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World Affairs



This is Paradise





 Issues East: First civilians, now policemen under attack Deliver us from evil


Mihin pondering the 'new deal'

Chamal Rajapakse and
Sajin Vaas Gunawardena

By Ranjith Jayasundera

The Sunday Leader has learnt that a scandalous agreement was signed last week at the Aviation Ministry premises in the presence of Aviation Minister Chamal Rajapakse, to look at the prospect of selling off Mihin Lanka's landing rights to a Malaysian company, Mindflow Technologies.

The MoU has all the hallmarks of a textbook Chinthana 'deal.' Under the contract, Mihin Lanka would once again wet lease aircraft for payment, this time to Mindflow. Despite the fact that Mihin is to pay Mindflow for the aircraft it is leasing, the airline will hand over its landing rights to the Malaysian company for Singapore, Bangkok, Malaysia and Dubai.

The proposal from Mindflow effectively will allow the Malaysian company to operate as an airline of its own, by leasing their aircraft to Mihin Lanka, who will absorb also all the other costs of the operation of the airline, and split the profits with Mindflow, who need put in no initial investment whatsoever.

What makes the proposal an exercise in prostitution is the fact that Mihin's landing rights in these countries were obtained on the merit of the airline being recognised as an arm of the Sri Lankan government.

Malaysian nationals

Mindflow Technologies is a company established in 2004, owned jointly by Thrinakarasi and Thirumaren Munisamy, who are both Malaysian nationals. Its nature of business is on record with the Malaysian Commission of Companies as "Managers, advisers and consultants in the formation, management, supervision especially in tourism, information, technology and services."

There is no mention of any interest in the aviation industry there. The company's audited profit and loss statement for 2005 (the last available year) shows that Mindflow made a loss of over US$ 26,000, and the company has no significant assets in its books.

It is this company that Mihin is considering handing over its operations to, adding Tehran as a destination, with all flights by the airline scheduled to go between Iran and these destinations (Singapore, Bangkok, Malaysia and Dubai) with just a 'technical stop' in Colombo.

Since Mindflow Technologies does not own its own aircraft, it will clearly be re-leasing planes that it sources from somewhere else at a margin, exploiting the Sri Lankan government's good graces and Mihin's current desperate situation to siphon off profits - if the Aviation Ministry and cabinet allow the deal to go through.

Executive mess

While the Aviation Minister must be commended for taking some first steps towards cleaning up the executive mess that is Mihin Lanka,no thanks to Sajin Vaas Gunawardena, he and his management must work harder to ensure that the overleaping influence of the first family and the Presidential Secretariat has been purged for good with the dismissal of Sajin Vaas.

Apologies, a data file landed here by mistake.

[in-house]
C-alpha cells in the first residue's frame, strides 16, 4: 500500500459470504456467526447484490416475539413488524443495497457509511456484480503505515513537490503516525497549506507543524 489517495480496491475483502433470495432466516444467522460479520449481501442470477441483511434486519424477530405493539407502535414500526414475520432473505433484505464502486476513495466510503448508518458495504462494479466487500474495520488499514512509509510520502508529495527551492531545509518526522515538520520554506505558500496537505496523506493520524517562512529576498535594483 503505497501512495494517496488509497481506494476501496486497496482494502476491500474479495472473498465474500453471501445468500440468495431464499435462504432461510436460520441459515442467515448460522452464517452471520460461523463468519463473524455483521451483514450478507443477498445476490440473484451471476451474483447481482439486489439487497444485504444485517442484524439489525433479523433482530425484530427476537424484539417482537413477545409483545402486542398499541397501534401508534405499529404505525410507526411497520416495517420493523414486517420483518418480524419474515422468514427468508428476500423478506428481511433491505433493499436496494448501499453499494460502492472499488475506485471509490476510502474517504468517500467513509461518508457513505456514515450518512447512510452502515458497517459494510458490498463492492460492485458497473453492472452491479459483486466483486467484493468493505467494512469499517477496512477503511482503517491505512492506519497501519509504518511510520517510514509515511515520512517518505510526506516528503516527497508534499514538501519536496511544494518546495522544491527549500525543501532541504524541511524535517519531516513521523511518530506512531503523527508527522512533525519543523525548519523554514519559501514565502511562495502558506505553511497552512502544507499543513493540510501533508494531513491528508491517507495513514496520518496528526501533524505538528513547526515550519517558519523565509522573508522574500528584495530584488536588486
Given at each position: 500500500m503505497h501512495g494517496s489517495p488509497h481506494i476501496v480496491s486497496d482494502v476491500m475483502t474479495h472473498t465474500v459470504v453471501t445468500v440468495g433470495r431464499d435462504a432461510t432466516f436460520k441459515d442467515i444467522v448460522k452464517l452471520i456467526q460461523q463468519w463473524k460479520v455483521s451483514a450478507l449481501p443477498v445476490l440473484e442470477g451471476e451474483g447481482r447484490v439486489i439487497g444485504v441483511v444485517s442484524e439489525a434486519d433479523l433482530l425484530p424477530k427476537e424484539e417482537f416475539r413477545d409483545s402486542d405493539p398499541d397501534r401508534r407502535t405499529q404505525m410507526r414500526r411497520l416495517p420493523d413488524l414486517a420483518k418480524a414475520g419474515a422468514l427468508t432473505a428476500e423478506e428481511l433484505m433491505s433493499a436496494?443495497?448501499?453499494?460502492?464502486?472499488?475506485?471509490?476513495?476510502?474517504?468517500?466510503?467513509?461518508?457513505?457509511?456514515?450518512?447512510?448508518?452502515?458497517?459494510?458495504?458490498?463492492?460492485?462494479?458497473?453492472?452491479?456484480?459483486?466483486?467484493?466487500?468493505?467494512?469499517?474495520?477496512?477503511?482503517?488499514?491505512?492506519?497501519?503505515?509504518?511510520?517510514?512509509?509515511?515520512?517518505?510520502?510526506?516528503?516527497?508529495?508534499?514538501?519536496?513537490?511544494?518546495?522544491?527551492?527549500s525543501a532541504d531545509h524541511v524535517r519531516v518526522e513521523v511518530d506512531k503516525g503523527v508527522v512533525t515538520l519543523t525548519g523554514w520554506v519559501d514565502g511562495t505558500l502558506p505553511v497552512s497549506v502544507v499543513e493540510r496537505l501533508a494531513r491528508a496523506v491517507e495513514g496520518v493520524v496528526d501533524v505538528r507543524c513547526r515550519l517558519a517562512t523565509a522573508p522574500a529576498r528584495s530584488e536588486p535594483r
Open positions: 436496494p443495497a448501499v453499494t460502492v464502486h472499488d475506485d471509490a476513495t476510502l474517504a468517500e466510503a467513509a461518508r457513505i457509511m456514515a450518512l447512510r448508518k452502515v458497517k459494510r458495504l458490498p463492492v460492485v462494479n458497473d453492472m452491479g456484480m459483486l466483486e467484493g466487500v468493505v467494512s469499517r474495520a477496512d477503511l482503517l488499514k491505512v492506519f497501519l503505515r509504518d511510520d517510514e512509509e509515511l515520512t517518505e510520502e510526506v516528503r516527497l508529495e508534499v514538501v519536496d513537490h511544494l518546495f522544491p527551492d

Gunawardena's arrogance and audacity lasted up until his very last days at Mihin, aptly demonstrated by his bombastic behaviour at his penultimate press conference last month, wherein he casually outlined his plans to swallow up SriLankan Airlines and adjust vital civil aviation regulations to allow Mihin to import an antique Airbus from Turkey.

The legacy left by Sajin Vass upon his resignation would be the envy of any corporate anarchist. By the time Aviation Minister Chamal Rajapakse gathered the courage to show Vass the door, he had overseen the incineration of over 3 billion taxpayer rupees, and humiliated Sri Lanka amongst the European aviation industry with his shady business practices.

The first signs of the 'new leaf' however are not promising, as it appears that although Vass' monopoly over Mihin's reigns is no more, other minions of the state are moving in to fill the void left by Vass for putting through a good 'deal.'

Early signs in the market that such presidential hangers on as Goldquest pyramid scheme mastermind Anura Fernando, and Minister Chamal Rajapakse's own son, Shashendra Rajapakse are behind the Mindflow proposal, do not bode well for the clean aviation industry that the first brother is supposed to be trying valiantly to establish.

New management team

Despite the Aviation Ministry having appointed a new management team headed by CEO Anura Bandara, who is a former route manager for SriLankan Airlines, it is disappointing that such tomfoolery still goes on behind closed doors.

Speaking to The Sunday Leader, the new CEO of Mihin made it clear that the airline was trying to turn over a new leaf. "We are not rushing into anything," he emphasised, stressing that a detailed evaluation process was underway to identify the company's past mistakes and prevent them from recurring.

"Our Minister Chamal Rajapakse is keen to re-launch and restart flights as soon as possible, but we have responsibilities to fulfil before then." Bandara refused to comment further on how the airline plans to handle the breathtaking losses it suffered prior to his tenure, as he says the company has yet to finalise a firm business plan.